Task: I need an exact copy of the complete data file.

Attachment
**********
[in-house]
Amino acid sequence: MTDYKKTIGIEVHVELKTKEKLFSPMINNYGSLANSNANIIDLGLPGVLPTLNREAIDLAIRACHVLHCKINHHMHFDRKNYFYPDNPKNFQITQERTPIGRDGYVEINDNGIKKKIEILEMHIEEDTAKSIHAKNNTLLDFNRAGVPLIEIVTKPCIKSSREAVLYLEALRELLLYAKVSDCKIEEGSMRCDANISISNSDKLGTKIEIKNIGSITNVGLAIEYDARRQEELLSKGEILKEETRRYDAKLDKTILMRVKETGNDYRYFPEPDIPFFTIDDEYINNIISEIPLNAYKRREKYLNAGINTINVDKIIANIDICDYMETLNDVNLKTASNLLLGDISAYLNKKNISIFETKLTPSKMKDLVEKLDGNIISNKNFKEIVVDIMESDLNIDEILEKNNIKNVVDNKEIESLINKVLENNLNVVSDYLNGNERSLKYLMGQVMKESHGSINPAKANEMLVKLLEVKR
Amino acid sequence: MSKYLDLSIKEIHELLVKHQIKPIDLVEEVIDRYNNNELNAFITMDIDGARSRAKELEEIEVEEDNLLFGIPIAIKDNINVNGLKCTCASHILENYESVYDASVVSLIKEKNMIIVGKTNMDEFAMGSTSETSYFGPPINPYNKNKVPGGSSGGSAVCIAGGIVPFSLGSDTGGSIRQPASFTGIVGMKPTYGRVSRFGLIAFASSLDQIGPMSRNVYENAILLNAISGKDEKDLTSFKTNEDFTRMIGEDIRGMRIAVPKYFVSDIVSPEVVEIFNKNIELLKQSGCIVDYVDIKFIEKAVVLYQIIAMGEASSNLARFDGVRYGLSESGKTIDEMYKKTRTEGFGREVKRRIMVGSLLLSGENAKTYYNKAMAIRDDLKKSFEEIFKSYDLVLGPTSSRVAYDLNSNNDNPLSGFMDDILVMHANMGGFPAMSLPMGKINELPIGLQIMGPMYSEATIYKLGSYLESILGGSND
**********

[in-house]
Amino acid sequence: MTDYKKTIGIEVHVELKTKEKLFSPMINNYGSLANSNANIIDLGLPGVLPTLNREAIDLAIRACHVLHCKINHHMHFDRKNYFYPDNPKNFQITQERTPIGRDGYVEINDNGIKKKIEILEMHIEEDTAKSIHAKNNTLLDFNRAGVPLIEIVTKPCIKSSREAVLYLEALRELLLYAKVSDCKIEEGSMRCDANISISNSDKLGTKIEIKNIGSITNVGLAIEYDARRQEELLSKGEILKEETRRYDAKLDKTILMRVKETGNDYRYFPEPDIPFFTIDDEYINNIISEIPLNAYKRREKYLNAGINTINVDKIIANIDICDYMETLNDVNLKTASNLLLGDISAYLNKKNISIFETKLTPSKMKDLVEKLDGNIISNKNFKEIVVDIMESDLNIDEILEKNNIKNVVDNKEIESLINKVLENNLNVVSDYLNGNERSLKYLMGQVMKESHGSINPAKANEMLVKLLEVKR
Amino acid sequence: MSKYLDLSIKEIHELLVKHQIKPIDLVEEVIDRYNNNELNAFITMDIDGARSRAKELEEIEVEEDNLLFGIPIAIKDNINVNGLKCTCASHILENYESVYDASVVSLIKEKNMIIVGKTNMDEFAMGSTSETSYFGPPINPYNKNKVPGGSSGGSAVCIAGGIVPFSLGSDTGGSIRQPASFTGIVGMKPTYGRVSRFGLIAFASSLDQIGPMSRNVYENAILLNAISGKDEKDLTSFKTNEDFTRMIGEDIRGMRIAVPKYFVSDIVSPEVVEIFNKNIELLKQSGCIVDYVDIKFIEKAVVLYQIIAMGEASSNLARFDGVRYGLSESGKTIDEMYKKTRTEGFGREVKRRIMVGSLLLSGENAKTYYNKAMAIRDDLKKSFEEIFKSYDLVLGPTSSRVAYDLNSNNDNPLSGFMDDILVMHANMGGFPAMSLPMGKINELPIGLQIMGPMYSEATIYKLGSYLESILGGSND